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Singapore has announced a commitment to achieve net zero emissions by 2050 and to reduce emissions to about 60 million tonnes in 2030, which it submitted to the United Nations Framework Convention on Climate Change at COP 27.  

The National Hydrogen Strategy was also released in October which outlines their intention for hydrogen to supply up to half of Singapore’s power needs by 2050. The Strategy explains how Singapore can accelerate its focus on hydrogen to help meet its climate goals, including:

  • Experimenting with hydrogen technologies to help assess the commercial viability of projects;
  • Research and development of technologies to accelerate the importation, handling and utilisation of low-carbon hydrogen at scale;
  • Facilitating the formation of supply chains to support global trade;
  • Developing infrastructure and land plans to support the importation, storage and transformation of hydrogen into power; and 
  • Supporting training for skills that enable the hydrogen ecosystem. 

The plan also offers opportunities for greater collaboration between the private sector and government and grants for some projects and initiatives.   


The Ministry of Industry and Trade in Vietnam has clarified how the electricity generation price brackets will be calculated for transitional wind and solar projects. This should provide more certainty for businesses and help attract financing for these projects. While this is good news there is still some uncertainty over several issues, like how the electricity generation price will be implemented and how the price will be adjusted for exchange rate fluctuations.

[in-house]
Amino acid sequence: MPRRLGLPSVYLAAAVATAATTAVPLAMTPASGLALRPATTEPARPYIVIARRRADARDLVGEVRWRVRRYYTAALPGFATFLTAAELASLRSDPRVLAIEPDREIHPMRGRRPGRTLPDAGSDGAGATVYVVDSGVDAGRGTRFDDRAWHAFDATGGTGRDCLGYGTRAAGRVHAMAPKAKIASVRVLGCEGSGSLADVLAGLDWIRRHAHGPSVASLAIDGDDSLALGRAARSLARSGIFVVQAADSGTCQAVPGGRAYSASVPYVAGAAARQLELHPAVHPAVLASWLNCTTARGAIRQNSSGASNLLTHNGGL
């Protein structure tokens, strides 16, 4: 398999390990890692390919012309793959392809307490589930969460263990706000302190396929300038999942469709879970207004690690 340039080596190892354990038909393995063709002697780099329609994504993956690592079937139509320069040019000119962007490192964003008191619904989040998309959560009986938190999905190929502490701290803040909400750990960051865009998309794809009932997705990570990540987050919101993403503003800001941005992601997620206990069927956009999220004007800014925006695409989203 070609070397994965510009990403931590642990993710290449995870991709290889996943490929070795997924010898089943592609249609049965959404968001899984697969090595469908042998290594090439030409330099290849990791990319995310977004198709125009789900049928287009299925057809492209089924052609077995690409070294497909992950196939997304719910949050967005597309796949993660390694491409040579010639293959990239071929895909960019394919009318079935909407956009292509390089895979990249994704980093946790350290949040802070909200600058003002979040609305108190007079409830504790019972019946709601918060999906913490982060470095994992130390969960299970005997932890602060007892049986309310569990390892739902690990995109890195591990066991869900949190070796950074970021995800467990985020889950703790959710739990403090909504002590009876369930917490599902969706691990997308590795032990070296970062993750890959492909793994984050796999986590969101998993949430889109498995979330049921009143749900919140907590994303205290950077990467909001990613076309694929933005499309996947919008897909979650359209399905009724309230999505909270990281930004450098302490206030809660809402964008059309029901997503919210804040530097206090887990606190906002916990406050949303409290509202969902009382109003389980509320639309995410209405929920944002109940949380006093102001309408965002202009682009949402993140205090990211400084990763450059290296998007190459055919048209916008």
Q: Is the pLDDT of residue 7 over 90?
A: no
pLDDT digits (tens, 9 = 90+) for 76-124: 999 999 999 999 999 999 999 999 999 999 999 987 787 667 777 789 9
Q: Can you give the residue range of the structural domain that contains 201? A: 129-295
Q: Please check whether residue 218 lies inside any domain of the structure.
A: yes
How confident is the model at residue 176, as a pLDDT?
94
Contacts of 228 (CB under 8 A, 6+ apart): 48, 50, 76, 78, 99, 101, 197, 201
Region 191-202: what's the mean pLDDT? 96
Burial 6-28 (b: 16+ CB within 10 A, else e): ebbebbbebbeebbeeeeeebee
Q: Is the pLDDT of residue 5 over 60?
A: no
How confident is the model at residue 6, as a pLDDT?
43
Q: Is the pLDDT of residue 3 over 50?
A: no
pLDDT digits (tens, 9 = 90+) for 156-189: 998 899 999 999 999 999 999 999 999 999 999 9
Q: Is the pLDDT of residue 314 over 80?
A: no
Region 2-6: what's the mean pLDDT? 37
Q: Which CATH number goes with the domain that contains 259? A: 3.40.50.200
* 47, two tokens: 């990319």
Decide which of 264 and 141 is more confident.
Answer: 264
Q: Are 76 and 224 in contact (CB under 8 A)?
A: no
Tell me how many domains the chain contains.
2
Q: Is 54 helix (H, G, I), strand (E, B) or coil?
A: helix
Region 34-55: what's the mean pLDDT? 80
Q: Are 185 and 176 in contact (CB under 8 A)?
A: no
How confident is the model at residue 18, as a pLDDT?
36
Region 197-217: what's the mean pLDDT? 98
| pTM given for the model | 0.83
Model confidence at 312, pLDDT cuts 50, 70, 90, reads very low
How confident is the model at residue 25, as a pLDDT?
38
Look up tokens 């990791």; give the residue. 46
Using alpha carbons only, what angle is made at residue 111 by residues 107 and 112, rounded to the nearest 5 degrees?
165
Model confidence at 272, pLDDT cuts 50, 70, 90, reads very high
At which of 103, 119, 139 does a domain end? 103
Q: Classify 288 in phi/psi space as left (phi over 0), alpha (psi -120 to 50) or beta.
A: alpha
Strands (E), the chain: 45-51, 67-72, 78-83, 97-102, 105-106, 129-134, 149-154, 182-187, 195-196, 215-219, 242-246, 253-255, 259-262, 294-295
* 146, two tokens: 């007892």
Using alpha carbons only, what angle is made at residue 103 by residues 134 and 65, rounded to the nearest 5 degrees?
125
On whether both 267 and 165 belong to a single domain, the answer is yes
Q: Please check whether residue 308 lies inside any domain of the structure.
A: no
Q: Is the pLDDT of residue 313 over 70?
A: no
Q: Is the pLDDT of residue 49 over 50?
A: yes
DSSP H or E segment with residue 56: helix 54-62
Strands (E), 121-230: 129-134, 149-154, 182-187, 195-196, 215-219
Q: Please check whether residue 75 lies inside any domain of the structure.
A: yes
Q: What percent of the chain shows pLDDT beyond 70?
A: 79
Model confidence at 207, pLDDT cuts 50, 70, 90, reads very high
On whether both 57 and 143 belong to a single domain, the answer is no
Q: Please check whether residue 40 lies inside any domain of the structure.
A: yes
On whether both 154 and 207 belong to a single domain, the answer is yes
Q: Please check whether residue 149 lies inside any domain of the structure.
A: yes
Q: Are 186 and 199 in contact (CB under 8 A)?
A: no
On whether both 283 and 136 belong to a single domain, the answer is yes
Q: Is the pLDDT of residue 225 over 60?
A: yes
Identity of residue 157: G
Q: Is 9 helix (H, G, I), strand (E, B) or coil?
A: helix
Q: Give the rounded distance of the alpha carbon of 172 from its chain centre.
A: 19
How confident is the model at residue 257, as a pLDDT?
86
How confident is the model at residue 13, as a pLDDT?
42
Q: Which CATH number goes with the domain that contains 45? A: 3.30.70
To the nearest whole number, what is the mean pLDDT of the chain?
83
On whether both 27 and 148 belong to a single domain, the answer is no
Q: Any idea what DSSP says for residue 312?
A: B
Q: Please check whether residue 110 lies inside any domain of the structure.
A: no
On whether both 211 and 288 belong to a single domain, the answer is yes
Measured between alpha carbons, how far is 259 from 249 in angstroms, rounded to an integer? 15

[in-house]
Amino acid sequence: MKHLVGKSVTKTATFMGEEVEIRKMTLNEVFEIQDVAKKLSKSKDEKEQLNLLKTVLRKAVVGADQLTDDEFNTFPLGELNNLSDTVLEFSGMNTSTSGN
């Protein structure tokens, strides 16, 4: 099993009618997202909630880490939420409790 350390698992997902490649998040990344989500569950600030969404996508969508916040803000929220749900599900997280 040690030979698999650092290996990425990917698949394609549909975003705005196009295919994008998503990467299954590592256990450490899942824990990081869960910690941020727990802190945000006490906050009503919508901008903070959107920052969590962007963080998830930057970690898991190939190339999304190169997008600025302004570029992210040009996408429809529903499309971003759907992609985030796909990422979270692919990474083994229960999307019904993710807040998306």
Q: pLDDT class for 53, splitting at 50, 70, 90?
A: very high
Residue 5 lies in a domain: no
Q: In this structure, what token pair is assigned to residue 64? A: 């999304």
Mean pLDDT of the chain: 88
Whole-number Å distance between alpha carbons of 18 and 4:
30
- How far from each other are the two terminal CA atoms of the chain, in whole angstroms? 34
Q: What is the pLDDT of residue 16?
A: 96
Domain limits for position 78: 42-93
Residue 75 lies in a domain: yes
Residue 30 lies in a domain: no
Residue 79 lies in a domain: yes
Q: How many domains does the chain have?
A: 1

In addition, the government has issued a Notice about its development plan for solar power. This includes instructions to relevant ministries to study and assess the impact of rooftop solar power for the purpose of self-consumption rather than selling it to the national grid. This is intended to bring the number of solar power projects under control as they have been overloading the grid. 


In India, the Ministry of Power announced its Green Hydrogen Policy this year. This includes:

  • The waiver of interstate transmission charges for 25 years;
  • Permitting banking for 30 days for renewable energy used for making green hydrogen or green ammonia. The charges for banking will be fixed by the State Commission but will be no more than the difference between the average tariff of renewable energy bought by the distribution licensee in the previous year and the average market clearing price in the Day Ahead Market in the month the renewable energy is banked; 
  • Priority being given to connectivity; and
  • The allotment of land in Renewable Energy Parks for the manufacture of green hydrogen and green ammonia. 
  • The government has also proposed to set up Manufacturing Zones for green hydrogen and green ammonia.

The Central Energy Regulatory Commission issued new general network access rules this year. These allow developers and consumers to interconnect with the grid to inject or withdraw power without a specific transmission route. Developers will also no longer need to specify who the target beneficiaries are when connecting. The Ministry of Power has also extended a waiver on the payment of interstate transmission system charges for the transmission of electricity generated from projects that use solar and wind resources. The waiver is also extended to hydro-pumped storage plants and battery energy storage system projects commissioned until 30 June 2025. 

Some states in India have also introduced incentives to accelerate the adoption of electric vehicles.  While the government has also set targets for the installation of rooftop solar capacity to strengthen the grid and improve energy security. This is coupled with programs that provide financial assistance to set up rooftop solar plants and incentives to install additional grid-connected rooftop capacity.